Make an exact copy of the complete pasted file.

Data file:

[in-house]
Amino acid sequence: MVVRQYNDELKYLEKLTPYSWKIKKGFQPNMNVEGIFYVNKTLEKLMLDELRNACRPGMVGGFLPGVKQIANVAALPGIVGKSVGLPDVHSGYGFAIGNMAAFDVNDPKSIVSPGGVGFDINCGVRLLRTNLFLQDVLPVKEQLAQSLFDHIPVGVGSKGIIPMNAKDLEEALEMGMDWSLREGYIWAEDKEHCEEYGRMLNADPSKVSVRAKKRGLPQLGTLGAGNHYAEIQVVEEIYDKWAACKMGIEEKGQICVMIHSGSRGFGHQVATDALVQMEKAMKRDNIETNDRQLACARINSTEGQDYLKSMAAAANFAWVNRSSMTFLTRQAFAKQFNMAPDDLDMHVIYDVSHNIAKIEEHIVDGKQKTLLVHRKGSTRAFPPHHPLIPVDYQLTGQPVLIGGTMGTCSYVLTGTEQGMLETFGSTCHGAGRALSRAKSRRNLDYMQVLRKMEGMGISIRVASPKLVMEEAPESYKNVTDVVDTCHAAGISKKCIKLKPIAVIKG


[in-house]
Amino acid sequence: MVVRQYNDELKYLEKLTPYSWKIKKGFQPNMNVEGIFYVNKTLEKLMLDELRNACRPGMVGGFLPGVKQIANVAALPGIVGKSVGLPDVHSGYGFAIGNMAAFDVNDPKSIVSPGGVGFDINCGVRLLRTNLFLQDVLPVKEQLAQSLFDHIPVGVGSKGIIPMNAKDLEEALEMGMDWSLREGYIWAEDKEHCEEYGRMLNADPSKVSVRAKKRGLPQLGTLGAGNHYAEIQVVEEIYDKWAACKMGIEEKGQICVMIHSGSRGFGHQVATDALVQMEKAMKRDNIETNDRQLACARINSTEGQDYLKSMAAAANFAWVNRSSMTFLTRQAFAKQFNMAPDDLDMHVIYDVSHNIAKIEEHIVDGKQKTLLVHRKGSTRAFPPHHPLIPVDYQLTGQPVLIGGTMGTCSYVLTGTEQGMLETFGSTCHGAGRALSRAKSRRNLDYMQVLRKMEGMGISIRVASPKLVMEEAPESYKNVTDVVDTCHAAGISKKCIKLKPIAVIKG